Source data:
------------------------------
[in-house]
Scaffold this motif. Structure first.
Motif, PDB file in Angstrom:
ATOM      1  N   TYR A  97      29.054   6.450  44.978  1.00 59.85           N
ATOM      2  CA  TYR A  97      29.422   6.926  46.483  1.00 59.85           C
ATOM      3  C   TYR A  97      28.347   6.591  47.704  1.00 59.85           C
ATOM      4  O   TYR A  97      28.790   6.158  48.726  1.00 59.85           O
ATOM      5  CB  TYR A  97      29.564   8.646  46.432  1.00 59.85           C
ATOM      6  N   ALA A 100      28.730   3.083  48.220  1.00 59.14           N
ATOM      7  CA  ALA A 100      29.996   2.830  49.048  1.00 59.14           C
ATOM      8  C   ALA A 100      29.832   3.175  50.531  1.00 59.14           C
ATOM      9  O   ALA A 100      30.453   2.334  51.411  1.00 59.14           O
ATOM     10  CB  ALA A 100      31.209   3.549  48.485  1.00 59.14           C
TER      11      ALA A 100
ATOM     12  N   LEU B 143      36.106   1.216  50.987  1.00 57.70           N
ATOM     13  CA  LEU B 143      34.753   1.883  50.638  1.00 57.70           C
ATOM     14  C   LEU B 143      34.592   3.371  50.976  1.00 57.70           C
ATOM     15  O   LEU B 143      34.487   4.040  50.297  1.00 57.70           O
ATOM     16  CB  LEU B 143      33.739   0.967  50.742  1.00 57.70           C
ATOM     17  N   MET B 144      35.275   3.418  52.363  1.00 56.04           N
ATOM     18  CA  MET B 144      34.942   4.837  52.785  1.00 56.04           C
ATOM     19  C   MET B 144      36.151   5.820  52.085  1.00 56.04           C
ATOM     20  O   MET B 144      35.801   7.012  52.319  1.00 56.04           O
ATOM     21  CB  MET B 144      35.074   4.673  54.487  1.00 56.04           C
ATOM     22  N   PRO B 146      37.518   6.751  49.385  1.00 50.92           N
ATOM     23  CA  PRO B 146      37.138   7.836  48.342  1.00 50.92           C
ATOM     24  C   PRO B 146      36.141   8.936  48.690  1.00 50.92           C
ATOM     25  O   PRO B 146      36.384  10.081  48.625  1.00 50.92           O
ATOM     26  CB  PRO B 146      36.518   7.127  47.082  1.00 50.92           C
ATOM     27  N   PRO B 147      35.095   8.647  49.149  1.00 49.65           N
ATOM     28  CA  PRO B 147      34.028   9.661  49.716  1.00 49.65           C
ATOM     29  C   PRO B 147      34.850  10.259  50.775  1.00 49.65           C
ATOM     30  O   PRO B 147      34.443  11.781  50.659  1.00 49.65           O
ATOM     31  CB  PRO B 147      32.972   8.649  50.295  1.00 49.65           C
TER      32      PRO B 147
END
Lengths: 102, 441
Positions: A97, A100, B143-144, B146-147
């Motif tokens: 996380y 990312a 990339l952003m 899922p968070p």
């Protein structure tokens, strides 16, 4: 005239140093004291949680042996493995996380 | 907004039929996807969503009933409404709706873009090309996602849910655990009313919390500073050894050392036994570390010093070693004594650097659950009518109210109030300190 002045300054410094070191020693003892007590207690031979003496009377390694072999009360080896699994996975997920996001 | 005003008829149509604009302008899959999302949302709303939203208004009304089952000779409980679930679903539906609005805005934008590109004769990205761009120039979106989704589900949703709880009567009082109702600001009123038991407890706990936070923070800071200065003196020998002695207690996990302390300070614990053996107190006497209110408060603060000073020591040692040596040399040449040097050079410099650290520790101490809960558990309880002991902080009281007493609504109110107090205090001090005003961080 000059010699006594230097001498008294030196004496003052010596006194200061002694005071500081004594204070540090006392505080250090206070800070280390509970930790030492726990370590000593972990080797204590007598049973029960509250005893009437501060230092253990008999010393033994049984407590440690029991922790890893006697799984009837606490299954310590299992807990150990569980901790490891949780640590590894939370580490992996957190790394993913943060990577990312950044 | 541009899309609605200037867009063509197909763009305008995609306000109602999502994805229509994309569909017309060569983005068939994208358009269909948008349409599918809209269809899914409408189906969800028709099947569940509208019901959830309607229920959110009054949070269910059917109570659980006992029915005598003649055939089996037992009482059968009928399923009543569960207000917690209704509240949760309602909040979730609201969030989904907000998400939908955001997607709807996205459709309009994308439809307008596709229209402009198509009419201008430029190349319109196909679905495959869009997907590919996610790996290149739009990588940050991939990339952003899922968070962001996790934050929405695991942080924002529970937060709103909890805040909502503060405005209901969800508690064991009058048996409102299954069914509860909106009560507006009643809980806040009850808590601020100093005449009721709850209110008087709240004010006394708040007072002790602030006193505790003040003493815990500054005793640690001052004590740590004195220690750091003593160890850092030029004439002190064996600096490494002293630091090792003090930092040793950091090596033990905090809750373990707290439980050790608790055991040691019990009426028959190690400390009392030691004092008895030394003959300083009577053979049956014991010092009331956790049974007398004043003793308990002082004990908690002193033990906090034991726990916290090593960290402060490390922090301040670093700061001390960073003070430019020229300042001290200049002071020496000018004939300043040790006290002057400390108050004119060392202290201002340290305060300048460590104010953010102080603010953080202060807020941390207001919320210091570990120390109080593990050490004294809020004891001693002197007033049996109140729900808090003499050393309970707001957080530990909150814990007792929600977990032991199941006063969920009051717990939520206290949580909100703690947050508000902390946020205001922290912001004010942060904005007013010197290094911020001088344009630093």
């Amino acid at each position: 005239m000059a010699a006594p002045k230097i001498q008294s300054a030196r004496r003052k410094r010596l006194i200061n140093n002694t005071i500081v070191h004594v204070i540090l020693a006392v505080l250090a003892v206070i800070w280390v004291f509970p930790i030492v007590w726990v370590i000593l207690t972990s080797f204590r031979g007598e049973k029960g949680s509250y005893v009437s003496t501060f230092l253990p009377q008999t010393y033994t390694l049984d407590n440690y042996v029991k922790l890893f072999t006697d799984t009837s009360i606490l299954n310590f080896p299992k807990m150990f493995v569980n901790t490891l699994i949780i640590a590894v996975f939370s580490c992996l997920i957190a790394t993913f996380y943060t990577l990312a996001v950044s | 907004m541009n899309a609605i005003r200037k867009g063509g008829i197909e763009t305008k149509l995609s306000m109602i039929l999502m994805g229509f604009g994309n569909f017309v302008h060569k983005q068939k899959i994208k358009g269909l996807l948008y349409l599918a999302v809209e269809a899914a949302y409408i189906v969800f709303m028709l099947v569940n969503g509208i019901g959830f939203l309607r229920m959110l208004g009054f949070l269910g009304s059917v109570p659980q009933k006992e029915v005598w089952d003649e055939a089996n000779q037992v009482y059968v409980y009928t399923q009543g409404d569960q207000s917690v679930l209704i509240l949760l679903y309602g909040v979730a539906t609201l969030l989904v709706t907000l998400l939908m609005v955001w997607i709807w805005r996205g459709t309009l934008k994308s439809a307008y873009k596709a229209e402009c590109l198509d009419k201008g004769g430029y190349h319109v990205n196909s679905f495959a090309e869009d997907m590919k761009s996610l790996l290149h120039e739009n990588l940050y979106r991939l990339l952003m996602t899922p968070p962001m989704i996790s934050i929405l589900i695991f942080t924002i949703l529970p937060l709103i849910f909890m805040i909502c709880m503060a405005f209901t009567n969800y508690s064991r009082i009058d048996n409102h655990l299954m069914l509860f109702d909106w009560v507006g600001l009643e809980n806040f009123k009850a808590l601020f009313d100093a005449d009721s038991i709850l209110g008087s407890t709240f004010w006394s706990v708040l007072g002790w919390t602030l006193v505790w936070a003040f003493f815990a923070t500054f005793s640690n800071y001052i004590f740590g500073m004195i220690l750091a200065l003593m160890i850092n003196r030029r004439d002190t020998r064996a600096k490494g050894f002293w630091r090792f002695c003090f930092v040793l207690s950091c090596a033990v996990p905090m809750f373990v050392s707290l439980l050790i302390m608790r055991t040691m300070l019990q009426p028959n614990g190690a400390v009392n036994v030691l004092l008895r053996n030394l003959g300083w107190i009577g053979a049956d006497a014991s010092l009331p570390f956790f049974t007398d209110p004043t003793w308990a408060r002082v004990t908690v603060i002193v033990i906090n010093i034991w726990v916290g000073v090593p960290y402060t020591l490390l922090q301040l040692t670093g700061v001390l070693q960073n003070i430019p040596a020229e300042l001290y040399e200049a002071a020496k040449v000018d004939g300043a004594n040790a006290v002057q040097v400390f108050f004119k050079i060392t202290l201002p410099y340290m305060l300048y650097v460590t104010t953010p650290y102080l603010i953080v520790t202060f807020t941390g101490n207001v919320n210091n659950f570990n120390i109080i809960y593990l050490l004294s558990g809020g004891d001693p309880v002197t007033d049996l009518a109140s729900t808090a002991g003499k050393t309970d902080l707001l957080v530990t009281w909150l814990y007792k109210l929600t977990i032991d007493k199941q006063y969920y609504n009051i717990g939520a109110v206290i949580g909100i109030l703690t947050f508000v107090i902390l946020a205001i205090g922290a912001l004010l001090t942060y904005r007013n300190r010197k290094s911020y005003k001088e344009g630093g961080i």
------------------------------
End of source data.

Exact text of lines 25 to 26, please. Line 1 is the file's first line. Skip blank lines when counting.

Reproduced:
ATOM     22  N   PRO B 146      37.518   6.751  49.385  1.00 50.92           N
ATOM     23  CA  PRO B 146      37.138   7.836  48.342  1.00 50.92           C